What is significant?
The Singapore Cottage now located at 136 Sackville Street (and identified as "N4") has replaced a previous Singapore Cottage (known as A*) that was dismantled in 1998. The cottage A* is now in storage in parts. The identification "N4" refers to markings found on parts of the framing.
Singapore Cottages were a prefabricated building type imported from Singapore in large numbers during the 1850s. A few non-extant examples are known to have been imported from Singapore before this time, but hundreds of Singapore Cottages are known to have been imported into Victoria during the gold rush period, at a time when thousands of prefabricated buildings were being imported. Many were wooden houses, but other materials, such as cast iron, were also favoured for prefabrication.
The construction of a Singapore Cottage is distinctive, with dedaru and meranti timbers of Asian origin, heavy framing techniques, and a variety of Chinese and other characters painted or marked on the timber members; these markings provided an assembly guide to erecting the building.
This example, 30' by 20' (9.14m x 6.1m) was saved in 1993 from a site in St Kilda and was stored in its parts until re-erection at this site in 1998. It is not entirely intact, with some doors, linings and joinery details missing. However the original structural frame, with tell-tale crossovers at the corners of the top and bottom plates, and the extra structural horizontal member through the king posts in the trusses, are important components that diagnose this building as a Singapore Cottage. The external cladding is of butt-jointed sawn meranti boards placed vertically. The roof tiles are Morewood and Rogers patented galvanised iron tiles recycled from the cottage that previously stood on this site.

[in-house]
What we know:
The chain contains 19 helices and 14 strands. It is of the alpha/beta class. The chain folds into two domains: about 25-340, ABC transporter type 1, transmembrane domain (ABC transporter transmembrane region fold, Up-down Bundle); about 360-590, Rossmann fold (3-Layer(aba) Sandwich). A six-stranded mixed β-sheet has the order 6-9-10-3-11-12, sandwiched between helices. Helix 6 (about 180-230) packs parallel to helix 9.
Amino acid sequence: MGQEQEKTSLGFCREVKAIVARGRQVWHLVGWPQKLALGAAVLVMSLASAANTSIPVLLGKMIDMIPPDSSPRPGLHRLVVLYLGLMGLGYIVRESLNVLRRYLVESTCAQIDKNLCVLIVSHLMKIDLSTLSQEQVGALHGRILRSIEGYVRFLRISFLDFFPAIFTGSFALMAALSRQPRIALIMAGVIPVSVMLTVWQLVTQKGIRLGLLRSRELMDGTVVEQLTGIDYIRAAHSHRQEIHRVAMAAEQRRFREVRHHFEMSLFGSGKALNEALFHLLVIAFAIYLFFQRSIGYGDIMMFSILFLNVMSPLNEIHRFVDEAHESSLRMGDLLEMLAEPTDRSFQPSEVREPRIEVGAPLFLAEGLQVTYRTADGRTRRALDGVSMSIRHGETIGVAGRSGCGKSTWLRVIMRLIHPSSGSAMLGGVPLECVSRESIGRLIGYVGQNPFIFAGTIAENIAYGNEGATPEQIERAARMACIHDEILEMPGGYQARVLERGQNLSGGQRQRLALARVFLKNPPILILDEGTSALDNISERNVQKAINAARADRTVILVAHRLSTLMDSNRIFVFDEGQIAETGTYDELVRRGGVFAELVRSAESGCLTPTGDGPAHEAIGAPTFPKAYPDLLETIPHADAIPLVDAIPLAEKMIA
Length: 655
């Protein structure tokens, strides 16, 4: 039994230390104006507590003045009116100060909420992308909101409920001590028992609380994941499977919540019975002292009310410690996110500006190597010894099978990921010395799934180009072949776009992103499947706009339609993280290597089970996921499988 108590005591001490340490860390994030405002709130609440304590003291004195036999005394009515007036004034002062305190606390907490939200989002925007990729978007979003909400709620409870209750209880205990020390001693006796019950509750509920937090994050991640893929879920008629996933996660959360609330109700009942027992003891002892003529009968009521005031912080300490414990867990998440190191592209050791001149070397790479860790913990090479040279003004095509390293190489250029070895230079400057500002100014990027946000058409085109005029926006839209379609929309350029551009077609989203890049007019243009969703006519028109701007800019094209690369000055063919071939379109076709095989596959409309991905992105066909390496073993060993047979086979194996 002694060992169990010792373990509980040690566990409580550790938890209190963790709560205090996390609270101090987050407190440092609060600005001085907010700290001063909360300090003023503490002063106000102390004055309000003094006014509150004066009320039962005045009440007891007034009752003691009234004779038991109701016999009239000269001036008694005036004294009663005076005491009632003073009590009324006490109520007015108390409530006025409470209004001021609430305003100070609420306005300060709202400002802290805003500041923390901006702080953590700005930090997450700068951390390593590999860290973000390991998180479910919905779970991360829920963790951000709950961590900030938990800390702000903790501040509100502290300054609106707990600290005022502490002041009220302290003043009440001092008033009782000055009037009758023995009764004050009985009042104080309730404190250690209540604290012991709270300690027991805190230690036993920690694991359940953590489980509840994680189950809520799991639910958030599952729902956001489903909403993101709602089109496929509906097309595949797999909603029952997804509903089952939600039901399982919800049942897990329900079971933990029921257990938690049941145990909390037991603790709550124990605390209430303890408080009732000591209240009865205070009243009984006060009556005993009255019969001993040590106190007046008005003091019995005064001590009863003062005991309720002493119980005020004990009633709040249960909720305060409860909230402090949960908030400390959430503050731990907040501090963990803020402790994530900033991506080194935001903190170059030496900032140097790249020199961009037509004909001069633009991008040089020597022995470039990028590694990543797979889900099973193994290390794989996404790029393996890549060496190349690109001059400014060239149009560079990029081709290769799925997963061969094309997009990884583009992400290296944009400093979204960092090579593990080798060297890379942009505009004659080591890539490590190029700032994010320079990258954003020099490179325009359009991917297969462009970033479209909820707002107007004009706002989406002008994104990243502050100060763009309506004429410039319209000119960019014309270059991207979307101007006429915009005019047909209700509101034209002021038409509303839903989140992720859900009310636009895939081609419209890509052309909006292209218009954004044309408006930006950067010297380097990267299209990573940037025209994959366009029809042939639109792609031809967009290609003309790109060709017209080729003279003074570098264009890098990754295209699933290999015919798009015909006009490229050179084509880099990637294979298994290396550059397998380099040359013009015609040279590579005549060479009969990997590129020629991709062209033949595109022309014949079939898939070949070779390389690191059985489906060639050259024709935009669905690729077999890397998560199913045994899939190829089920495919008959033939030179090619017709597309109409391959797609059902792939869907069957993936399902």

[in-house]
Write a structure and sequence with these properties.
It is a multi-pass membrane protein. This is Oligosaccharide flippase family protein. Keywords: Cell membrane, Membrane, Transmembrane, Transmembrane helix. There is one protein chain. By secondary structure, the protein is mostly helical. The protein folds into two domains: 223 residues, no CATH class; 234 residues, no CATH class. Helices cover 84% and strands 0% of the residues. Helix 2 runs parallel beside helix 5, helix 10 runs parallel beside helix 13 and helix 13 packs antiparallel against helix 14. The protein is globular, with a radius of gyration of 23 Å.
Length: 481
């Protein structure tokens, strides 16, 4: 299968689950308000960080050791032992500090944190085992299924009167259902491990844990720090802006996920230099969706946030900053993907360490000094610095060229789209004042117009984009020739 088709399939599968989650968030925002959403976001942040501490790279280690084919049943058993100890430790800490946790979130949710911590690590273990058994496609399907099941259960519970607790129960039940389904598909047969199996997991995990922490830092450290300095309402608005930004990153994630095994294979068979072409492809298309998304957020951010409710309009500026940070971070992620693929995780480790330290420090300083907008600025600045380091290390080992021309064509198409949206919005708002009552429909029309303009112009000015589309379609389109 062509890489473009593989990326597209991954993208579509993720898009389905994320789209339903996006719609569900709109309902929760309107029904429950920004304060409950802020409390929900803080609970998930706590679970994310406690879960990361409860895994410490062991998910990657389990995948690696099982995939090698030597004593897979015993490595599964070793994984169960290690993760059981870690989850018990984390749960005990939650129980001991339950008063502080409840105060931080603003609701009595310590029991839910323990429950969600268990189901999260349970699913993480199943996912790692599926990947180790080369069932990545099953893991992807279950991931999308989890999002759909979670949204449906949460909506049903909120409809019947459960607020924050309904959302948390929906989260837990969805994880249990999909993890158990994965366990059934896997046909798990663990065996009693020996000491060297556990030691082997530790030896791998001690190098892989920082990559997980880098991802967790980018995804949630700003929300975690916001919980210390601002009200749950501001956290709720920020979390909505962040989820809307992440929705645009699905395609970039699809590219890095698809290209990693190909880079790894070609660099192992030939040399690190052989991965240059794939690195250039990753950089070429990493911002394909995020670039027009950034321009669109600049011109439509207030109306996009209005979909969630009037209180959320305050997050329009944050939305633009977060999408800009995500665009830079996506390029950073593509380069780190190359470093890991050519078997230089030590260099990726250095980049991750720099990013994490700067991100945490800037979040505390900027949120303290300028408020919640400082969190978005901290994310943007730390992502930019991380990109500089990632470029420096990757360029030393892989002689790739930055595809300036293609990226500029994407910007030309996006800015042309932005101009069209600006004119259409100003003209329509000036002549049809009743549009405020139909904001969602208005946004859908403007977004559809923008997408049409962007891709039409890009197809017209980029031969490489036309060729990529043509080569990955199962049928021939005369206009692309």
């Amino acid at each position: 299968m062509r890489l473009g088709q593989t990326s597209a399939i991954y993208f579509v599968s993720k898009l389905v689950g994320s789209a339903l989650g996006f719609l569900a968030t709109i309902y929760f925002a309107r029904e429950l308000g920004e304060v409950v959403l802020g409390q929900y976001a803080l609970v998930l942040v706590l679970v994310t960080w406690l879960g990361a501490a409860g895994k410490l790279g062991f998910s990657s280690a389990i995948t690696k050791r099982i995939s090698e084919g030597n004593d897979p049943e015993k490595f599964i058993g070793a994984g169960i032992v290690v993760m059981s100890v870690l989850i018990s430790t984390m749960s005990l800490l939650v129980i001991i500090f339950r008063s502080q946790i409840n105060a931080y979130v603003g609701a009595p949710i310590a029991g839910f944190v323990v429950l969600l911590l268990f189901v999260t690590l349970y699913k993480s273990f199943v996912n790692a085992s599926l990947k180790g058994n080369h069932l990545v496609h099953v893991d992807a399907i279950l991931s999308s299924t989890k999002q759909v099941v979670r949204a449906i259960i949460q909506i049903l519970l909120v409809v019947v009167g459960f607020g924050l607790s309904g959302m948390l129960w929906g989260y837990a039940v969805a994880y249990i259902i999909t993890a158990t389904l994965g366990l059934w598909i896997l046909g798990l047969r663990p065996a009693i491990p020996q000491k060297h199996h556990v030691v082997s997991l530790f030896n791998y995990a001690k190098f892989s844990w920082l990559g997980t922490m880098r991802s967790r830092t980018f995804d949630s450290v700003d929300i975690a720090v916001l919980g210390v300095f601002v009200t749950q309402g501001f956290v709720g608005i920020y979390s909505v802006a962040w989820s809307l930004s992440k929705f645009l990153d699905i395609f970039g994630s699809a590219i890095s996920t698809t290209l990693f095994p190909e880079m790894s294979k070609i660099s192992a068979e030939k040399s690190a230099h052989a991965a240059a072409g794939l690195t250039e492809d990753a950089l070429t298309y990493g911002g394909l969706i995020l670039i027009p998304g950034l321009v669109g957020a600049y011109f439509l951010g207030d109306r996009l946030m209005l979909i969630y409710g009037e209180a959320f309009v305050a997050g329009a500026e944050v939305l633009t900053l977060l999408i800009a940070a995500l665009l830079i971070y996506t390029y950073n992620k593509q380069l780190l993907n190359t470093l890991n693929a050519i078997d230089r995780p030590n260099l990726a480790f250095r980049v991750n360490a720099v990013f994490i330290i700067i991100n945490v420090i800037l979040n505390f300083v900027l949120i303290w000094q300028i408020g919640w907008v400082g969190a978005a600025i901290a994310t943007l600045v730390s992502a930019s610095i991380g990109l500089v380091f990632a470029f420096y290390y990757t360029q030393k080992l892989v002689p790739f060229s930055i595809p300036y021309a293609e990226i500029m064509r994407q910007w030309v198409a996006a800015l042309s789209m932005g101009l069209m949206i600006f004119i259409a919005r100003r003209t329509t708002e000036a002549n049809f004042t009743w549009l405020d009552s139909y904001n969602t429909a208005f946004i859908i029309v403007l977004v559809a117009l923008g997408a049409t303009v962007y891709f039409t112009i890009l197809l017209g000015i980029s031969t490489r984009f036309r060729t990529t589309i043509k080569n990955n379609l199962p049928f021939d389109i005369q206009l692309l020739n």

How is it significant?
The Singapore Cottage at 136 Sackville Street Collingwood is of historical and architectural significance to the State of Victoria.
Why is it significant?
The Singapore Cottage at 136 Sackville Street Collingwood is historically significant as a very rare surviving example of a once numerous prefabricated building type. It demonstrates the requirement for prefabricated houses in the rapidly expanding colony where, following the gold rushes, there was a shortage of local labour to construct buildings. Emigrants supposed it to be cheaper to import ready made houses with them to Victoria. The house also demonstrates the early trade links established between Melbourne and Singapore.
The Singapore Cottage at 136 Sackville Street Collingwood is architecturally significant as a rare example of a prefabricated building imported from Asia. Thousands of prefabricated buildings of different sorts, materials, sizes and origins were imported to cope with the sudden influx of people and the shortage of labour and materials. The distinctive framing techniques, exotic timbers and Chinese characters clearly identify the Asian origins of this house. This example has been re-erected and has consequently suffered a loss of integrity in some materials but essentially is significant as a rare example of its type.